Tuesday, May 17, 2011

Quick Change (1990)

The Big Apple has taken too many bites out of Grimm.

The city planner (Bill Murray) is more than just tired of New York City. He wants out, badly. Fiji beckons. Grimm plans a bank heist to finance his very anticipated departure from the city that never sleeps. He'll do it dressed as a clown carrying a bunch of colorful balloons and sporting a pair of red oversized shoes.

Girlfriend Phyllis Potter (Geena Davis) and an old chum, Loomis (Randy Quaid), join him in the caper.


The robbery goes smoothly, but the trio's getaway gets bogged down by clueless municipal workers, jittery tenants, confused mobsters and by-the-book bus drivers. Their planned Quick Change from bank robbers to carefree tropical residents hits some serious snags including weary Police Chief Rotzinger (Jason Robards). He, like Grimm, is also tired of New York City, but realizes the major metropolitan centre could be his best ally in stopping the fugitives.

Not all the comedy in this 1990 effort from Howard Franklin and Murray (his only directing credit) has aged well. But there's still plenty of zingers that score big laughs. Quick Change is another welcome entry to Murray's film credits including Groundhog Day and Rushmore.

Bob Elliott, of Bob and Ray fame, gets one of the best early lines as an easily defeated bank security guard. "What the hell kind of clown are you?" he asks when Grimm pulls out a hand gun at the start of the heist.


Listen closely to the quick asides some of the characters toss out that make up for those jokes that fall flat. "The man owns pre-schools in this town," Grimm says about major mobster Lombino (Kurtwood Smith)."You don't even understand colours, do you?" Loomis notes of an English challenged cab driver who drives through a red light. Brian McConnachie, who penned work for Saturday Night Live and SCTV, is a hoot as the bank manager who calmly explains to Rotzinger how his company will use its public relations muscle to make him the scapegoat for the robbery.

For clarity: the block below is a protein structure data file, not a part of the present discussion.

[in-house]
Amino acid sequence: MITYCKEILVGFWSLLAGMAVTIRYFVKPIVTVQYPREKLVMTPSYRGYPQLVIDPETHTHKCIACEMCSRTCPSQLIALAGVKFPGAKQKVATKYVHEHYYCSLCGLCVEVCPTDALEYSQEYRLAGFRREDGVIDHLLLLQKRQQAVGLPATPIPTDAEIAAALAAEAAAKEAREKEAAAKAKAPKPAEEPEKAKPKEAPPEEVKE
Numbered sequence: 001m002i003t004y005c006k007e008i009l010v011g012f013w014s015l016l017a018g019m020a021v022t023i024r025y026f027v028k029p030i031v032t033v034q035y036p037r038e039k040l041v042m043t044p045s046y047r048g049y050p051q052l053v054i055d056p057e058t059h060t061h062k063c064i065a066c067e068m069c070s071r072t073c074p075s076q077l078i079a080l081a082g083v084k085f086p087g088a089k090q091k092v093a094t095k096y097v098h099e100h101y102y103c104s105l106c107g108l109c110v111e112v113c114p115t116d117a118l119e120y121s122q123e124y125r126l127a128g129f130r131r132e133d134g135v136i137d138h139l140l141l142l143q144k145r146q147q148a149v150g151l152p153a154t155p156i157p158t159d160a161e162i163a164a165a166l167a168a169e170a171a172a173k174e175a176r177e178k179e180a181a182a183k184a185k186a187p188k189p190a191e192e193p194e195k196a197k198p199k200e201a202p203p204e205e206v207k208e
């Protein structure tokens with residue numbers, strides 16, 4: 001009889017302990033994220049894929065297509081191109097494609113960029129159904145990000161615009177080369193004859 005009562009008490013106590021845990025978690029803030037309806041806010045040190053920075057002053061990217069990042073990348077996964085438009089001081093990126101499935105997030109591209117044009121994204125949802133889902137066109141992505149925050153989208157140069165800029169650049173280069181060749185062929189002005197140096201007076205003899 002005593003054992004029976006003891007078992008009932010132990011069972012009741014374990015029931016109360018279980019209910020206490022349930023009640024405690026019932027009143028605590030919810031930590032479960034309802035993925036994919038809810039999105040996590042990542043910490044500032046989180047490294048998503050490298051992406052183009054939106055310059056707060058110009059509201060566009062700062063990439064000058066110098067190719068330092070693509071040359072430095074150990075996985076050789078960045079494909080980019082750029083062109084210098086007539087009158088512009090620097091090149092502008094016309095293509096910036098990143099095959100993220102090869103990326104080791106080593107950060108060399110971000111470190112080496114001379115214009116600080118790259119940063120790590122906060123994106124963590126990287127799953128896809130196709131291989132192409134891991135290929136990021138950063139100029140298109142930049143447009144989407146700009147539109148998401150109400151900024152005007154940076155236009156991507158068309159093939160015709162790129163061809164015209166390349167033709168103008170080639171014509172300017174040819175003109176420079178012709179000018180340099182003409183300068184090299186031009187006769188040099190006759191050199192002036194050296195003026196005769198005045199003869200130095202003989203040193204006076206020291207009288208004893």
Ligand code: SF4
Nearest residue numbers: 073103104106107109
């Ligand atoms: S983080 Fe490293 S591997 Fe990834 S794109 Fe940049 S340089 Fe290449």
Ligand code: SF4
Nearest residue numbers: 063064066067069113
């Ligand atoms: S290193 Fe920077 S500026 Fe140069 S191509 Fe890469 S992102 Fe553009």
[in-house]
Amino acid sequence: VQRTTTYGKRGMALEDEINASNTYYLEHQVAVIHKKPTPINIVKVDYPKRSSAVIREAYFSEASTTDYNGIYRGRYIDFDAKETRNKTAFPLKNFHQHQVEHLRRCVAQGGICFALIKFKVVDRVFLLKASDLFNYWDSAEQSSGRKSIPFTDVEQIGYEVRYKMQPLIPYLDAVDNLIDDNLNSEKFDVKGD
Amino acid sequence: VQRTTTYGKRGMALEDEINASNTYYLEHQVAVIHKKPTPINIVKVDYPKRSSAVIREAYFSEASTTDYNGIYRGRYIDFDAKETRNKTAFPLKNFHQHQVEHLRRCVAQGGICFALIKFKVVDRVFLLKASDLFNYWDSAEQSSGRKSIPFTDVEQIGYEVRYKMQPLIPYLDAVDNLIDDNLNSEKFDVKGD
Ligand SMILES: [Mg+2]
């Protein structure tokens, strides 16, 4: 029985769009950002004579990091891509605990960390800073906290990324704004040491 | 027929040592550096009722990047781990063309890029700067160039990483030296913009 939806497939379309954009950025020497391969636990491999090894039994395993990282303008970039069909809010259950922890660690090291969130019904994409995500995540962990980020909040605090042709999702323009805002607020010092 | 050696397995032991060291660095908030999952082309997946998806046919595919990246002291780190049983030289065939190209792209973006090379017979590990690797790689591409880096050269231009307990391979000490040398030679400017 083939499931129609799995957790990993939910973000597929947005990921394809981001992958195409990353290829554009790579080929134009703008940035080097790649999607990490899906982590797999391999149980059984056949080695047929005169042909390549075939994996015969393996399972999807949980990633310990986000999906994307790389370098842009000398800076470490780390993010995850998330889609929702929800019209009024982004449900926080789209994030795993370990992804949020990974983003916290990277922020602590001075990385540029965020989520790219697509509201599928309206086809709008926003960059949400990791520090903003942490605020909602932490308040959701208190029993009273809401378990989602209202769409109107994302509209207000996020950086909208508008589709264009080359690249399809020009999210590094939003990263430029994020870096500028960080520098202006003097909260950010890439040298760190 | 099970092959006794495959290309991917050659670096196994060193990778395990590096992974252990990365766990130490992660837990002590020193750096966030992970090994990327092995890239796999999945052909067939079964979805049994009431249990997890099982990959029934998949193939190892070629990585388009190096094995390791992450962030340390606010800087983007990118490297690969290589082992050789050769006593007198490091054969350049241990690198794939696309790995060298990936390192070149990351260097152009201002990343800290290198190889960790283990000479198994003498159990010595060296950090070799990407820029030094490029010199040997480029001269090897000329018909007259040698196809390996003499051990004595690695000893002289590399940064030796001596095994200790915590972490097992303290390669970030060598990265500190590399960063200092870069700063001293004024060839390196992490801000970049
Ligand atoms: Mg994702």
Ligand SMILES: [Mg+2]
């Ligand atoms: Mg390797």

Quick Change also conjures up scenes that are completely bizarre, bicyclists jousting and a mourning woman, and observational, hot dog vendors looking to cash in on public interest in the bank robbery.

Even better films would follow from Murray in the next decade, but Quick Change still offers a good investment for a viewer's time.

RATING: 7/10

FUN FACTS: Quick Change came just before a powerful one-two punch for Davis, Thelma and Louise (1991) and A League of Their Own (1992). Howard Franklin wrote the screenplay for another Murray film, The Man Who Knew Too Little, in 1997. That effort is for diehard Murray fans only. Stuart Rudin, who makes a brief appearance in Quick Change, would show up again, for a moment, in Murray's What About Bob? Jay Cronley's novel, Hold-Up, inspired Quick Change. He also wrote works that prompted the filming of Funny Farm and Let It Ride.

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